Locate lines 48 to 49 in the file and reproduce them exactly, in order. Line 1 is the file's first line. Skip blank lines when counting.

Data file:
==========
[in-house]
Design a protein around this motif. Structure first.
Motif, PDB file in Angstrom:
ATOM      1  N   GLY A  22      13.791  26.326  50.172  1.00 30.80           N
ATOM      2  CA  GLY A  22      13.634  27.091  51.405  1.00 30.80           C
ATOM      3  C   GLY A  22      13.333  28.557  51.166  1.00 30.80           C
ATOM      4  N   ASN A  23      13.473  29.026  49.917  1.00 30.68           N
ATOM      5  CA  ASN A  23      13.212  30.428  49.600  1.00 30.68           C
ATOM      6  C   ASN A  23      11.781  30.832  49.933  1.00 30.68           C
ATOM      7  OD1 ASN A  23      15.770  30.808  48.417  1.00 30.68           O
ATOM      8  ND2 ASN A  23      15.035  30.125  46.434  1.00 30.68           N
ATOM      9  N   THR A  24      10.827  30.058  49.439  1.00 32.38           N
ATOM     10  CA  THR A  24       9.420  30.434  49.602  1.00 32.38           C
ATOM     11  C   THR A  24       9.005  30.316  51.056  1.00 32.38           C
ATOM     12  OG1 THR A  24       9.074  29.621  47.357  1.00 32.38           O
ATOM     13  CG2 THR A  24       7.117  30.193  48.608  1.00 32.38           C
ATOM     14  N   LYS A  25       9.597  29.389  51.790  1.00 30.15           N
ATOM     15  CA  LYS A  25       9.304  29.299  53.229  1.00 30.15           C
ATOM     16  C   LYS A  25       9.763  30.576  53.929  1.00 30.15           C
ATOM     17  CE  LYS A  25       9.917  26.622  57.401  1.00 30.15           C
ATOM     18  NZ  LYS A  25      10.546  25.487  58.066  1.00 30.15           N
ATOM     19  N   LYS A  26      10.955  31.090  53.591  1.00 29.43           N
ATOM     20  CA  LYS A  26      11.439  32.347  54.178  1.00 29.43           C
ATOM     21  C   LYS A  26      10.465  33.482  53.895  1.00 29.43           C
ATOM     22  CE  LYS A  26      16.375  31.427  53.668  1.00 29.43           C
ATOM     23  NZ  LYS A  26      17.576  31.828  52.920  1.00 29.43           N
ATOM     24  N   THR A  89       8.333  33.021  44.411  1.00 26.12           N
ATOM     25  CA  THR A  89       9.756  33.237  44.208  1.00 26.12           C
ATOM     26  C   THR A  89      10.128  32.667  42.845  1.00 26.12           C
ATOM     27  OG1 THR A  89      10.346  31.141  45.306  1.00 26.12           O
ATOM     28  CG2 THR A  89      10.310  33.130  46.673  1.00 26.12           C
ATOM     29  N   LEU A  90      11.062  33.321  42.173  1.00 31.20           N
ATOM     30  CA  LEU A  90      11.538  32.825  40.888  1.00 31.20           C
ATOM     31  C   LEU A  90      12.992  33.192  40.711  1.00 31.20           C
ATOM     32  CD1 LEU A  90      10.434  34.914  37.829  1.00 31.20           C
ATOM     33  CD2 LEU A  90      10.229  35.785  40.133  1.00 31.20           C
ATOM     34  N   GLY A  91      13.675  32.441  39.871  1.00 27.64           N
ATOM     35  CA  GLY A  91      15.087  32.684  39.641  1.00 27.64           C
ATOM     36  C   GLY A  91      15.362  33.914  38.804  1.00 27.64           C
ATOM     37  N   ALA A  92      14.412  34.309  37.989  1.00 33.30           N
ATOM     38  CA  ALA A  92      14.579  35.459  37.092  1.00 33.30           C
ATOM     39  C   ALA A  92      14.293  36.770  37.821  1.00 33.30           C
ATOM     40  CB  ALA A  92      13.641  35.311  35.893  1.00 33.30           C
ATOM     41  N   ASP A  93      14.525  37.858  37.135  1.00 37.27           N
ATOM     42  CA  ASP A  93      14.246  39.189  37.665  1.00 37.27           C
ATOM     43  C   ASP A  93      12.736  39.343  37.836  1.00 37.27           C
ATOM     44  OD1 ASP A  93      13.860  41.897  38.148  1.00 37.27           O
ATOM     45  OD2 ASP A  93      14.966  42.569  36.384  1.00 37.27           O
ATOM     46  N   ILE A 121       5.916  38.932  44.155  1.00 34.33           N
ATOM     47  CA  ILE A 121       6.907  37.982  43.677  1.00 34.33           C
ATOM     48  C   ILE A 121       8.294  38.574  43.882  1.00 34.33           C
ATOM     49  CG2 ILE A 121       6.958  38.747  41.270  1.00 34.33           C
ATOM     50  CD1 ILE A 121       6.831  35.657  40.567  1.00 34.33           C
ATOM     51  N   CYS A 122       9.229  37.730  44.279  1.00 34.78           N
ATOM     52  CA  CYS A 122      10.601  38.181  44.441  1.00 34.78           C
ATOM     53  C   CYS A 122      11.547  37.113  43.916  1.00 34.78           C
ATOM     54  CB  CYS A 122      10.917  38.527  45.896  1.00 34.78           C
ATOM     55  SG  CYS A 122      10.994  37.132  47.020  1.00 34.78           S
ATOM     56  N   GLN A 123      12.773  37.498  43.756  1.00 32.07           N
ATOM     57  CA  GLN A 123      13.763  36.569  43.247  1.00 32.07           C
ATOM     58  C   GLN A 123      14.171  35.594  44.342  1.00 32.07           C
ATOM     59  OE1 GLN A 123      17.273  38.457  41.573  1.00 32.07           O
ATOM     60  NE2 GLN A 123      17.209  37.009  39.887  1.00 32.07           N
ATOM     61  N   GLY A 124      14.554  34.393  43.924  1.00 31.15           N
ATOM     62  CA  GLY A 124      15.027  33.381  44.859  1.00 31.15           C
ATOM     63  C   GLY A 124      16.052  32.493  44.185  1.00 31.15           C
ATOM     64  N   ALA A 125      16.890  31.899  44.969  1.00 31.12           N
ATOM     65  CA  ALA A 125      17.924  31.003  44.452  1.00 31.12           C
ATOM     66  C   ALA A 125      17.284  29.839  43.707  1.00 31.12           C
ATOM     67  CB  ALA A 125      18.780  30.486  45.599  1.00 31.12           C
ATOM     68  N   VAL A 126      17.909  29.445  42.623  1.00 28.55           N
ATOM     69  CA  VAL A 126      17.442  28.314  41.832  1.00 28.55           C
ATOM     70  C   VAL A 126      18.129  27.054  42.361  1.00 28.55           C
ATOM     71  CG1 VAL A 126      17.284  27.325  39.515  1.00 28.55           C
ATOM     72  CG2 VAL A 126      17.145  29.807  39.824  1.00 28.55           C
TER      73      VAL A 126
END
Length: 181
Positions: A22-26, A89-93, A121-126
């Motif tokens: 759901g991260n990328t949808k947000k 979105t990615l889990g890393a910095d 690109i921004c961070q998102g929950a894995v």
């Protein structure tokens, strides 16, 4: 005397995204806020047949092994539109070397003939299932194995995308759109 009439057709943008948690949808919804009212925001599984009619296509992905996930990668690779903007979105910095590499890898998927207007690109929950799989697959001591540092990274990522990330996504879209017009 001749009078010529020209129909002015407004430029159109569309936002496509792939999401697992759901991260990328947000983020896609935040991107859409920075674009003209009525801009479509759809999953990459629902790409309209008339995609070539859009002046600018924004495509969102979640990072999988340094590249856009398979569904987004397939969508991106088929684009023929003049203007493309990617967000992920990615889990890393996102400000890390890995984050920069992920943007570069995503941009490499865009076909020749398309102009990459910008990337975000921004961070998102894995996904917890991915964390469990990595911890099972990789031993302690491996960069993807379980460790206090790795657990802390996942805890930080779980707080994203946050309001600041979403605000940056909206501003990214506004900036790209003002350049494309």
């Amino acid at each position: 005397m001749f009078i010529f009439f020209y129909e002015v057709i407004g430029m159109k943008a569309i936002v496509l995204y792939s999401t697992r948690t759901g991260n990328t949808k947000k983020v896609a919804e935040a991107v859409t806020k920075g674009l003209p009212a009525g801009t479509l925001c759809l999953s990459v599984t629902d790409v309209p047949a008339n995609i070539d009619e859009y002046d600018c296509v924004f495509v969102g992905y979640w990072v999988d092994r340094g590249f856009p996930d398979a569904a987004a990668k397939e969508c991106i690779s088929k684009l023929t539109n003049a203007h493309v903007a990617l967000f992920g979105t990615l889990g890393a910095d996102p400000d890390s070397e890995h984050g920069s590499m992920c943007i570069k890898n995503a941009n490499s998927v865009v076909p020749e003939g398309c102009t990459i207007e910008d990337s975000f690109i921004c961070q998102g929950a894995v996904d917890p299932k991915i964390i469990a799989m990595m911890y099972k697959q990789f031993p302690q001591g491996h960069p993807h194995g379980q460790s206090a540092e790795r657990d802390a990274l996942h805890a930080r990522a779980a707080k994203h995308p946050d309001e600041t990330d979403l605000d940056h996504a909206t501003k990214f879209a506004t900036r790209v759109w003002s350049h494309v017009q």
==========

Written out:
ATOM     45  OD2 ASP A  93      14.966  42.569  36.384  1.00 37.27           O
ATOM     46  N   ILE A 121       5.916  38.932  44.155  1.00 34.33           N